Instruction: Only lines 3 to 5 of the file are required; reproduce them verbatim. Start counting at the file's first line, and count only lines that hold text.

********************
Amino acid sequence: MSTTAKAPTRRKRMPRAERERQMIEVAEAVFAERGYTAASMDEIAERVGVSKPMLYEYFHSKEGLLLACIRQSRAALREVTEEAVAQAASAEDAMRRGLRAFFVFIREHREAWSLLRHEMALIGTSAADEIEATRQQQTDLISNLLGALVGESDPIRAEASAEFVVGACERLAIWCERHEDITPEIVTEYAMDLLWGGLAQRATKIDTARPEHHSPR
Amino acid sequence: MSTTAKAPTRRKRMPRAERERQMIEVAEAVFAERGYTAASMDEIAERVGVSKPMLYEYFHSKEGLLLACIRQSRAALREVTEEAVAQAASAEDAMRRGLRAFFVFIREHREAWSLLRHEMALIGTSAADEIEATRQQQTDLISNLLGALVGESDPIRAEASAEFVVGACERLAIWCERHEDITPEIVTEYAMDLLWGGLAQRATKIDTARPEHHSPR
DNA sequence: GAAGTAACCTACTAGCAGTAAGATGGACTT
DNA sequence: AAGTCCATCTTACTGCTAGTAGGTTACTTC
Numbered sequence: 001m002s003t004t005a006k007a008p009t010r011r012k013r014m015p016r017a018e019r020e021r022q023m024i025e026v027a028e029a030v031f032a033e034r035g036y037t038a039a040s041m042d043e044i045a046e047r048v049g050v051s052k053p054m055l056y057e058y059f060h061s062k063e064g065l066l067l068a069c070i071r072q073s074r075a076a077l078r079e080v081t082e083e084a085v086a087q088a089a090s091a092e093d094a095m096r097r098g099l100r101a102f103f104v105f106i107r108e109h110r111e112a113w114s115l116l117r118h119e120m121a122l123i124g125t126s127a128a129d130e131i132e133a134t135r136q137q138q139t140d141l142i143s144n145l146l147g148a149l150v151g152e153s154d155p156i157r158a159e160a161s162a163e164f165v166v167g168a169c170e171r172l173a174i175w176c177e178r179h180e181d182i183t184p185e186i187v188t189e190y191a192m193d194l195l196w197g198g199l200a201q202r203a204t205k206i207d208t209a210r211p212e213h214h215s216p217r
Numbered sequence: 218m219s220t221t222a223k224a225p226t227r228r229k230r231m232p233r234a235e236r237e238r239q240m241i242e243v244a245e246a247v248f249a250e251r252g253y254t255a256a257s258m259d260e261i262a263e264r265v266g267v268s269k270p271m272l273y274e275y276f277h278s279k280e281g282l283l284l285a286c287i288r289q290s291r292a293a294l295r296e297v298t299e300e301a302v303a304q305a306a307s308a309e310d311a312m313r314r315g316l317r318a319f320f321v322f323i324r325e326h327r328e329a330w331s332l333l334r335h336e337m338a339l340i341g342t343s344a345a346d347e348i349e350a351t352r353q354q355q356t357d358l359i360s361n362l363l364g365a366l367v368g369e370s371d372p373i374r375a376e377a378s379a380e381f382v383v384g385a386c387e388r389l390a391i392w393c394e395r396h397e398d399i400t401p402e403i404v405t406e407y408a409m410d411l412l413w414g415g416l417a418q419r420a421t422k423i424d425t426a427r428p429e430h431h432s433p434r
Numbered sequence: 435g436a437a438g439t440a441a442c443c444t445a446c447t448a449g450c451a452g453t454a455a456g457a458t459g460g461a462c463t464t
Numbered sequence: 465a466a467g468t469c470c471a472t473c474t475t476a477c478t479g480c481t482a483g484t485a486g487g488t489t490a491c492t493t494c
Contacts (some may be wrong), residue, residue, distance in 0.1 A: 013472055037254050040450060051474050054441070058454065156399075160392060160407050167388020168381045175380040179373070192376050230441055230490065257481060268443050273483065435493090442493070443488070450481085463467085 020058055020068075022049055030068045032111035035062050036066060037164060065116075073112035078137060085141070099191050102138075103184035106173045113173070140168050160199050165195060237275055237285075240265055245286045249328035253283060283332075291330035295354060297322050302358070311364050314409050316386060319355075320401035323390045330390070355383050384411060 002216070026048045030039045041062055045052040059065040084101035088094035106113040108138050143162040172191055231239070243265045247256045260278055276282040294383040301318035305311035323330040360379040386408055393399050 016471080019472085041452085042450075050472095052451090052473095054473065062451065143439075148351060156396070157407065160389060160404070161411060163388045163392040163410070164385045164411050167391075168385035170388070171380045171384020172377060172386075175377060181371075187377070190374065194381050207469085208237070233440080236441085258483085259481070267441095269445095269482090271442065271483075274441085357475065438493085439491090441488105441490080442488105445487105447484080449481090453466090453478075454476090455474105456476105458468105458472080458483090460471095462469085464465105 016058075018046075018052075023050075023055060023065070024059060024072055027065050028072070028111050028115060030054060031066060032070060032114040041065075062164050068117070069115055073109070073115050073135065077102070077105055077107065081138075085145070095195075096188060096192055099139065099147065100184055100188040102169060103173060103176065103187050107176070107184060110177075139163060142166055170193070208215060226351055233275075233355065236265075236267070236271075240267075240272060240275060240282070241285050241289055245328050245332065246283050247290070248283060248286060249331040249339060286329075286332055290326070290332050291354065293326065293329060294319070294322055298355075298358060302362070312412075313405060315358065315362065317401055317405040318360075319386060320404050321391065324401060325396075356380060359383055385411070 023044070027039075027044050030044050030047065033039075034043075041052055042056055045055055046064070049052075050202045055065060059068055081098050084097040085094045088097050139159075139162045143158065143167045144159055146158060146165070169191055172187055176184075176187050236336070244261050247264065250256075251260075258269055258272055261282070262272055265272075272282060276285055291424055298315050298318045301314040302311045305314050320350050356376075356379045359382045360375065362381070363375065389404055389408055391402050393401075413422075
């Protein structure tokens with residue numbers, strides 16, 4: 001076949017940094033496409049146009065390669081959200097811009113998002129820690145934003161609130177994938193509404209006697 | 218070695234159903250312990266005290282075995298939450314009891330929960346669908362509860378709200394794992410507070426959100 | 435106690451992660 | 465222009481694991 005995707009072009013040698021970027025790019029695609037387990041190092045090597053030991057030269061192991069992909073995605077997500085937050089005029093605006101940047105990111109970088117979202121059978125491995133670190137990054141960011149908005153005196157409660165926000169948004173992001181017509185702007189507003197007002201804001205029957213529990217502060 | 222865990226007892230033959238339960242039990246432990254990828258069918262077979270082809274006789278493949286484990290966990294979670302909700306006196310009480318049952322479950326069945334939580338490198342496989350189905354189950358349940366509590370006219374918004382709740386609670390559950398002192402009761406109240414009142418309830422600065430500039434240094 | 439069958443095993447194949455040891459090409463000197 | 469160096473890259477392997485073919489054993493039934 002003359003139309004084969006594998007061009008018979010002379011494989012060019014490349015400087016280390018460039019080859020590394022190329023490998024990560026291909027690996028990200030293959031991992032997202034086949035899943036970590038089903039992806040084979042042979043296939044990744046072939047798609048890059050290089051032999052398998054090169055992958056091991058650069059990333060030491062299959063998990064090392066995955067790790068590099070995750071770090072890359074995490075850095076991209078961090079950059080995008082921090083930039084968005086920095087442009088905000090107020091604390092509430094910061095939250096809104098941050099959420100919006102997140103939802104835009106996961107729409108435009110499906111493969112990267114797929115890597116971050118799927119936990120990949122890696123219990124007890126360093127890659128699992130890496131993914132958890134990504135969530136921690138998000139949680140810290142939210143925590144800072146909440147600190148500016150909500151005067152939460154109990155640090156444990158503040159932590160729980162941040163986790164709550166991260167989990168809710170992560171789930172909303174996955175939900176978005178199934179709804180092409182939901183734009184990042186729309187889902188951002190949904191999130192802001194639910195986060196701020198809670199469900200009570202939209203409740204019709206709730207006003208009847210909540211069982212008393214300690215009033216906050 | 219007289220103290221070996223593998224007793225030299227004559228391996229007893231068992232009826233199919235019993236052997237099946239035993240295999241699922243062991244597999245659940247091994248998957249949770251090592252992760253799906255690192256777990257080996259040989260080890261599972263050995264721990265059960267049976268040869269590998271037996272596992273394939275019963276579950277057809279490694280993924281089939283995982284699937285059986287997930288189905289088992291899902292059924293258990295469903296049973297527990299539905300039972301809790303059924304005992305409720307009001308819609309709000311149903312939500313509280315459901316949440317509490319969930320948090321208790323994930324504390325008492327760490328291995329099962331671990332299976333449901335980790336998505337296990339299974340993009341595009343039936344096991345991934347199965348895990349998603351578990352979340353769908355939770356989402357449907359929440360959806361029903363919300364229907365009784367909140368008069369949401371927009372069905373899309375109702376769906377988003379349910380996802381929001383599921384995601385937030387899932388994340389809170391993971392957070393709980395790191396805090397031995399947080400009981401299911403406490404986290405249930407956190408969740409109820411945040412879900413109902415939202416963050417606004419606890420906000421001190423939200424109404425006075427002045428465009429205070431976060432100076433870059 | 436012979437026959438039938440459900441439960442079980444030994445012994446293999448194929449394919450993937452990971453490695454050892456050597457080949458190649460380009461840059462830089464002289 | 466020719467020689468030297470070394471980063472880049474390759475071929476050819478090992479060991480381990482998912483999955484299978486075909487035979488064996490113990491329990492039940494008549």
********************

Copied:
DNA sequence: GAAGTAACCTACTAGCAGTAAGATGGACTT
DNA sequence: AAGTCCATCTTACTGCTAGTAGGTTACTTC
Numbered sequence: 001m002s003t004t005a006k007a008p009t010r011r012k013r014m015p016r017a018e019r020e021r022q023m024i025e026v027a028e029a030v031f032a033e034r035g036y037t038a039a040s041m042d043e044i045a046e047r048v049g050v051s052k053p054m055l056y057e058y059f060h061s062k063e064g065l066l067l068a069c070i071r072q073s074r075a076a077l078r079e080v081t082e083e084a085v086a087q088a089a090s091a092e093d094a095m096r097r098g099l100r101a102f103f104v105f106i107r108e109h110r111e112a113w114s115l116l117r118h119e120m121a122l123i124g125t126s127a128a129d130e131i132e133a134t135r136q137q138q139t140d141l142i143s144n145l146l147g148a149l150v151g152e153s154d155p156i157r158a159e160a161s162a163e164f165v166v167g168a169c170e171r172l173a174i175w176c177e178r179h180e181d182i183t184p185e186i187v188t189e190y191a192m193d194l195l196w197g198g199l200a201q202r203a204t205k206i207d208t209a210r211p212e213h214h215s216p217r